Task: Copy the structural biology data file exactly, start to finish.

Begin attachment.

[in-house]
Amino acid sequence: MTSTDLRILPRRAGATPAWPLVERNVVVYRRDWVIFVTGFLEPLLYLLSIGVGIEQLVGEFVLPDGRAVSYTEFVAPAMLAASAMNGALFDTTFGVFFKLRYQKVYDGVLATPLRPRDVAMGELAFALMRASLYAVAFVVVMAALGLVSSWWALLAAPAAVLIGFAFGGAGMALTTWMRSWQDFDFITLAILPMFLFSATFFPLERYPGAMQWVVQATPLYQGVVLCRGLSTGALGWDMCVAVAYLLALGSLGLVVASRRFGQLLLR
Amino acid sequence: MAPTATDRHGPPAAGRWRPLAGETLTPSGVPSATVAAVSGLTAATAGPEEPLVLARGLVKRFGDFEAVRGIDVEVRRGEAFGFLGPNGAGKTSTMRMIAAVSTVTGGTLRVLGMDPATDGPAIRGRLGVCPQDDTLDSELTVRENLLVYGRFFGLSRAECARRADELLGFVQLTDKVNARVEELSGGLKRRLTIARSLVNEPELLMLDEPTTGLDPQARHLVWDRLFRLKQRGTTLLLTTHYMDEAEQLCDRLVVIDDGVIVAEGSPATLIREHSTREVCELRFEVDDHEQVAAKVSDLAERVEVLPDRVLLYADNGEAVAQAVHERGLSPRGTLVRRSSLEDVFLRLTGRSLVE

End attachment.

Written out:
[in-house]
Amino acid sequence: MTSTDLRILPRRAGATPAWPLVERNVVVYRRDWVIFVTGFLEPLLYLLSIGVGIEQLVGEFVLPDGRAVSYTEFVAPAMLAASAMNGALFDTTFGVFFKLRYQKVYDGVLATPLRPRDVAMGELAFALMRASLYAVAFVVVMAALGLVSSWWALLAAPAAVLIGFAFGGAGMALTTWMRSWQDFDFITLAILPMFLFSATFFPLERYPGAMQWVVQATPLYQGVVLCRGLSTGALGWDMCVAVAYLLALGSLGLVVASRRFGQLLLR
Amino acid sequence: MAPTATDRHGPPAAGRWRPLAGETLTPSGVPSATVAAVSGLTAATAGPEEPLVLARGLVKRFGDFEAVRGIDVEVRRGEAFGFLGPNGAGKTSTMRMIAAVSTVTGGTLRVLGMDPATDGPAIRGRLGVCPQDDTLDSELTVRENLLVYGRFFGLSRAECARRADELLGFVQLTDKVNARVEELSGGLKRRLTIARSLVNEPELLMLDEPTTGLDPQARHLVWDRLFRLKQRGTTLLLTTHYMDEAEQLCDRLVVIDDGVIVAEGSPATLIREHSTREVCELRFEVDDHEQVAAKVSDLAERVEVLPDRVLLYADNGEAVAQAVHERGLSPRGTLVRRSSLEDVFLRLTGRSLVE